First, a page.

Figure 6. Priest distributing sacraments during Christmas Eve mass. Photo by the author.
Figure 7. Villagers arriving for Christmas morning mass. Photo by the author.
Figure 8. Children in Tibetan clothing and Santa hats during Christmas morning procession. Photo by the author.
Figure 9. Village women with cake offerings for Christ during Christmas morning mass. Photo by Sun Fei.
Figure 10. Village men dancing after the Christmas morning mass. Photo by the author.
Figure 11. Village women dancing after the Christmas morning mass. Photo by the author.
#Framing a Tibetan Christmas and Catholicism: A means of creating local Tibetan ethnic identity and niche distinction in "Shangri-La"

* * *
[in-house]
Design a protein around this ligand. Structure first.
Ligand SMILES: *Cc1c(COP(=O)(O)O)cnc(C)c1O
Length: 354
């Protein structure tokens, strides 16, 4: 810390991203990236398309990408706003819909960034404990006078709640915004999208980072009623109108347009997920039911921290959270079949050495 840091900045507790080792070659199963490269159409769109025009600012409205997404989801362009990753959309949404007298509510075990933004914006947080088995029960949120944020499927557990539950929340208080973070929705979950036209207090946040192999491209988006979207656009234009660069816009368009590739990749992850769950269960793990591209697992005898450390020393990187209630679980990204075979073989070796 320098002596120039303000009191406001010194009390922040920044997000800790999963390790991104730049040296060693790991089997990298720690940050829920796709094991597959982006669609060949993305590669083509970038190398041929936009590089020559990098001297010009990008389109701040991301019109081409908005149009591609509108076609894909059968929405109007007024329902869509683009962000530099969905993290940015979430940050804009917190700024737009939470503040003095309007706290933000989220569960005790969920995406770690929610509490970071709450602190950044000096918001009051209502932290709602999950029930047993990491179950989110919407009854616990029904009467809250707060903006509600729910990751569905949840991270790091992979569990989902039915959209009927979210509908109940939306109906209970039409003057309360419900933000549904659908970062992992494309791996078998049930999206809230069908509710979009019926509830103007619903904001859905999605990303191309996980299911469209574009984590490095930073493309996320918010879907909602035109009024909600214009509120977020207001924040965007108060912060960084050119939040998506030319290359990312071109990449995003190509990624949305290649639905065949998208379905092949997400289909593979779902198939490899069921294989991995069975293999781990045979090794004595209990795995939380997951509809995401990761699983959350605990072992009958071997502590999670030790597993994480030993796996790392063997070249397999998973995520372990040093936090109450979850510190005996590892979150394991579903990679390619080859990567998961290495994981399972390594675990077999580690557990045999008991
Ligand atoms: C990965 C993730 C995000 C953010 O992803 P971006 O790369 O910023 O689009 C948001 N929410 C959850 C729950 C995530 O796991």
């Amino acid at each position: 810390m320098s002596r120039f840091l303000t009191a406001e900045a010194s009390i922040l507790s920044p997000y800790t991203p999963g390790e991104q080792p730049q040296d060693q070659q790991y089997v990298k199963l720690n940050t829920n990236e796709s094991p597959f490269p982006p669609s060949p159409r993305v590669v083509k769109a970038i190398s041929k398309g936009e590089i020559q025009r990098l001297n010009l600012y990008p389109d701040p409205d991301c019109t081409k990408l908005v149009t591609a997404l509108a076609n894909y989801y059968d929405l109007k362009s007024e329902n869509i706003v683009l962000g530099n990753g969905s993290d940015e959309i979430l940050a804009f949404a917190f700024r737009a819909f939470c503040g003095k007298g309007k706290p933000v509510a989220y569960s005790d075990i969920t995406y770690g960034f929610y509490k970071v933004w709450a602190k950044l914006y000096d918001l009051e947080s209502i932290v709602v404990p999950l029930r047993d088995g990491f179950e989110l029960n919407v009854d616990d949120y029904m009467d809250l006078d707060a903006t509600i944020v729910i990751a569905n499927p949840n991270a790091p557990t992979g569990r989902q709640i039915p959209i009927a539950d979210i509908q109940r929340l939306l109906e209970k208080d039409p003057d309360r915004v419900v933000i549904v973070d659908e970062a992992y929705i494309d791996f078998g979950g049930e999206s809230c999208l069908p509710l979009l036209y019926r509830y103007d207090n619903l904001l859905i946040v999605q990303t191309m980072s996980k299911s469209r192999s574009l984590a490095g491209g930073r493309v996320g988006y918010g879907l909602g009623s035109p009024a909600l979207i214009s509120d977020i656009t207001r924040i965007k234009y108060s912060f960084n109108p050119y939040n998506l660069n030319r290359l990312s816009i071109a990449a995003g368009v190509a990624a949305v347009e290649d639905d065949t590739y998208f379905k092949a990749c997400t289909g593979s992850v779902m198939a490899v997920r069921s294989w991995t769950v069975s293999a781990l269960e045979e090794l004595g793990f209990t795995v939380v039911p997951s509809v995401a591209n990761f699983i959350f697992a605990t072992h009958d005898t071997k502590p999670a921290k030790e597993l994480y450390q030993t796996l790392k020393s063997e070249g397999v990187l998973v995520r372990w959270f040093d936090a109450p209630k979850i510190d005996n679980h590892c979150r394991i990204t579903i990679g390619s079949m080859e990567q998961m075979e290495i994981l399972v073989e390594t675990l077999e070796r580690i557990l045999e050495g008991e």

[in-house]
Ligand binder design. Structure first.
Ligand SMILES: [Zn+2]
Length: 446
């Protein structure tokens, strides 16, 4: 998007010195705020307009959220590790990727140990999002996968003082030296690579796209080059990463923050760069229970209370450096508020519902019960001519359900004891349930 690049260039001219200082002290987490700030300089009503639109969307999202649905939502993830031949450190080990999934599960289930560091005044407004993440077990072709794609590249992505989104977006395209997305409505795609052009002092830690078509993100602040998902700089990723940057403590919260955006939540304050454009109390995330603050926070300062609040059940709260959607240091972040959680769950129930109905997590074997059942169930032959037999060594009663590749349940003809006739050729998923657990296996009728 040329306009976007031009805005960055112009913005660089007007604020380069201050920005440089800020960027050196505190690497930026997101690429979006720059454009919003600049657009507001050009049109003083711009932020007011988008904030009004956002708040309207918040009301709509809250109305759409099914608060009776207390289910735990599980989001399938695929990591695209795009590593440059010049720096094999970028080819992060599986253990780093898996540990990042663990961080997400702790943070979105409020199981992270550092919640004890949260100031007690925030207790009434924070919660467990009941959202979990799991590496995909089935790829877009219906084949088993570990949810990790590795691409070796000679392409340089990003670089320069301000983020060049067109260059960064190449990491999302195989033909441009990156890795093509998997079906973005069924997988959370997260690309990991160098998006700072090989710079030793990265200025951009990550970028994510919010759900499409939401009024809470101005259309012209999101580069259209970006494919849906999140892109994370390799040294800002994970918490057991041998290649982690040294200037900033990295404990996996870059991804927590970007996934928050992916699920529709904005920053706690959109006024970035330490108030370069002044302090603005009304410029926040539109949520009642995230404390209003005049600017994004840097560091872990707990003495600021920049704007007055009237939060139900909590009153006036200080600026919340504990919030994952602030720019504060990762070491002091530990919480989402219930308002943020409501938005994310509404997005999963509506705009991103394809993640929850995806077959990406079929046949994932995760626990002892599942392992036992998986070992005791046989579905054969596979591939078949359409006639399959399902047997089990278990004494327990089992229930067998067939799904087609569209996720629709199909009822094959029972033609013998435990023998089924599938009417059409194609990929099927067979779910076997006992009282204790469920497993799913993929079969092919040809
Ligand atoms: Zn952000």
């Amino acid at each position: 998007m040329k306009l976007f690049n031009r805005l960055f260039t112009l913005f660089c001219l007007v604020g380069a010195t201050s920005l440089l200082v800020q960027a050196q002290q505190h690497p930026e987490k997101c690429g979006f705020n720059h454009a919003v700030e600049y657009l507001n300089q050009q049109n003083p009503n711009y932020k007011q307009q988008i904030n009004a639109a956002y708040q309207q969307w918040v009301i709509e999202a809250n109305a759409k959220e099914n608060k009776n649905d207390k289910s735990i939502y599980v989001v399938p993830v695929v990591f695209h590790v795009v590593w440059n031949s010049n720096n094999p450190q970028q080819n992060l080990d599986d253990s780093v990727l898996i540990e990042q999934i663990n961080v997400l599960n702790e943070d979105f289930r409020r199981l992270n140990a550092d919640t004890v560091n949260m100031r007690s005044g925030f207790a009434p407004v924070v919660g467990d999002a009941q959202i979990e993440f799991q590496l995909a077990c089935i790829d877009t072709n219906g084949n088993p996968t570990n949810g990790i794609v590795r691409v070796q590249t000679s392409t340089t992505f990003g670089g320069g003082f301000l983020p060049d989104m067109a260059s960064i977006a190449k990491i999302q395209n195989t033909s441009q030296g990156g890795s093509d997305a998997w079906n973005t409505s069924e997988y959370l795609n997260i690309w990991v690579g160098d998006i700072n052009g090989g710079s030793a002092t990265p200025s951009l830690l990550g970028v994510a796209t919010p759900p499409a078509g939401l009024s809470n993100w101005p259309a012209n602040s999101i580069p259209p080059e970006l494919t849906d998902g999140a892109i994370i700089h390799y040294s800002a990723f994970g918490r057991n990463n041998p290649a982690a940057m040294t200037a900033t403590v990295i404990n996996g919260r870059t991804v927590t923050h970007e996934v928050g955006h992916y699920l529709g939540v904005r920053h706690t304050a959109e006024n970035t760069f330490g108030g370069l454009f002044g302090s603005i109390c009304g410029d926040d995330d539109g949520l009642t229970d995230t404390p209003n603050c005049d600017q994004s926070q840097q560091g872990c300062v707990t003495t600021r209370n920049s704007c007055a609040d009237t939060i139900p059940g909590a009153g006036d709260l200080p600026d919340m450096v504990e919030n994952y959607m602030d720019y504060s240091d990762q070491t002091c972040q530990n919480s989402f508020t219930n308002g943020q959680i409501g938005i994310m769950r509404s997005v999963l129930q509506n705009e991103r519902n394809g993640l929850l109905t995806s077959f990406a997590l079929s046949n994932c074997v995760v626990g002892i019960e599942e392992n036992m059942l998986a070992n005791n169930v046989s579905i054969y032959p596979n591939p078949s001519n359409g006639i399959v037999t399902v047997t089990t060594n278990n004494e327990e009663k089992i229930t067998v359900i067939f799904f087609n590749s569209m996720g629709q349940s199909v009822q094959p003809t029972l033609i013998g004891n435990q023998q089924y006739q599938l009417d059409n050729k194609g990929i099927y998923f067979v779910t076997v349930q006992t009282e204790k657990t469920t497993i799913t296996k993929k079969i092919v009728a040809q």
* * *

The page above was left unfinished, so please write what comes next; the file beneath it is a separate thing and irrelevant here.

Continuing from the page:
In many ways, Christmas in Cizhong is unique as a highly syncretic festival blending Catholic worship with local Tibetan practices and language, particularly with traditional dancing and festival clothing worn by villagers. However, under the surface and more generally, the Christmas celebration in Cizhong is quite similar to celebrations in other former missionary bases among non-Westerners in post-colonial situations, as a predominantly public or community and less family-oriented festival ([source:1596]). Similar to an Inupiak community in Alaska, Cizhong's Christmas involves the practice of multiple masses or church services over two days followed by community events integrating "local traditional" practices, in particular dancing and singing, in which community members from all religions also join—in this case Buddhists, and in Bodenhorn's case animists (ibid). As [source:1612] suggests, this in some ways runs counter to Christmas in European, American, and other more urban Asian contexts, where it is centered within either family, consumerism, or both,—though in all of these cases it certainly still takes on unique, localized forms. For the Tibetan Catholics in Cizhong, however, as in the case of the Inupiak described by [source:1596], Christmas is in many ways a festival and ritual that integrates sociality and cosmology into one, as Miller (1995) also describes—in this case community sociality rather than family, as individual household activities are non-existent within the celebration. As I lived with a host family in Cizhong for several months, the patriarch of which is the director of the church management association and former lay spiritual leader before the priest's arrival in 2008, I was able to gain a very close insight into all the Christmas activities in the community. These all took place at the church, with none at all in individual family homes. This of course fits in well with Bodenhorn's (1995) description of the Inupiak Christmas as well as more general anthropological treatments of the holiday.